The Bureau for Food and Agriculture Policy (BFAP) has painted a positive picture for the next ten years for food producers in the country. However, uncertainty on power supply, infrastructure and ports could spoil the mood.
Industries such as livestock, horticulture, citrus and crops are expected to have a positive outlook, but farmers have been warned that the weather conditions could shape how they do.
During the 2023 BFAP baseline 10-year outlook for South African agriculture, experts warned that the failure to deal with growth hindrances would lead to a shrinking economy.
Farmers can only do so much
Dr Tracy Davids, director and manager of commodity markets and foresight at BFAP, said food producers in South Africa were resilient and able to navigate through the storms to ensure a food-secure country, however, they need to be met halfway.
“The agricultural performance has come under increasing pressure over the years with weak domestic demand and biosecurity challenges affecting the exports.
“Food producers, mainly farmers, are cornered with price pressure, market access, and logistical challenges. We cannot emphasise this, that our ports need to work so that our exports market is able to do well,” she said.
Davids said while farmers are faced with increasing cost pressure such as feed costs and persistent power cuts, domestic consumers will remain under pressure for the next few years.
“Exports will be critical to enable sustained growth, maintenance, and expansion of export market access to prioritised regions to accelerate growth,” she said.
The animal disease threat
Davids said animal health in South Africa remains a challenge and solving biosecurity problems is critical to enable the export market.
“The biggest reduction to China, which banned imports from South Africa because of foot-and-mouth disease, has had a huge impact which we slowly recovering from.
“Foot-and-mouth disease has become more frequent and more widespread; the control of the disease is critical. But it’s one of the many problematic diseases that constrain inclusive growth, reduce productivity, and limit export market avenues,” Davids said.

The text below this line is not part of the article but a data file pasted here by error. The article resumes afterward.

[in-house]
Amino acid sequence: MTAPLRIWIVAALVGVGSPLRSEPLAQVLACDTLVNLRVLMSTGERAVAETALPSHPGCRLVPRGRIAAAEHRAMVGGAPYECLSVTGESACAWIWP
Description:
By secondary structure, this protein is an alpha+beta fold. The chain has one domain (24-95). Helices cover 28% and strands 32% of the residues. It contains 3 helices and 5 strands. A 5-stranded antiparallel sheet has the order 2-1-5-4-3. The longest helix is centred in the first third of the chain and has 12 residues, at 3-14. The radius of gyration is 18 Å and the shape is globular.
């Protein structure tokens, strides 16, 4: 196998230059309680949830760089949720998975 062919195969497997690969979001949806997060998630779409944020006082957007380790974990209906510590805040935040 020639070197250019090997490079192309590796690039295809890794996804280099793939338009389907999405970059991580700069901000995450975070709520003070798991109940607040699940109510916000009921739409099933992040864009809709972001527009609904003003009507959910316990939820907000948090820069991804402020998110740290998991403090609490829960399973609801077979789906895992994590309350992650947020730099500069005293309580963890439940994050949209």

She added that there is a great need to change how things are done to ensure that farming becomes sustainable and profitable in the next ten years.
“A comprehensive red meat strategy is needed to drive change and shape the outlook because herds have expanded and additional production will enter the market in 2023-2025.”
Crop production SA’s best beat
Davids said field crops have done well in the past three years which has enabled investment in technology that can optimise productivity.
“Net exporters of major crops and world prices are coming down which means competitiveness and productivity will be critical to remain profitable.
“Port capacity and efficiency are increasingly challenging as export volumes grow, so we need to really focus on making sure that our ports are in order,” she said.
Davids said a significant yield growth is expected over the next ten years particularly when the environment is conducive.
“Inefficiencies of critical infrastructure, especially state-owned infrastructure, are increasing the risk of failure in the industry, especially for smaller producers and value chain role players.
“Producers are resilient but a sustainable future will require efforts across the whole value chain,” she added.
Expect the unexpected
Meanwhile, Dr Mmatlou Kalaba said while BFAP is celebrating 20 years of existence, the message they have for food producers in South Africa is that it is important not to look at agriculture the same way as in the past because events like war changed the shape of the sector.
“Financial crises, pandemics, diseases, wars, and all these shocks and activities are sending a caution on the work that is being done by food producers.
“Because all of this certainly changes the way you see things. It’s a moment of realisation that the baseline outlook needs to take into consideration all the eventualities that can occur and make us ask ourselves how we adapt and move forward,” he said.
Sign up for Mzansi Today: Your daily take on the news and happenings from the agriculture value chain.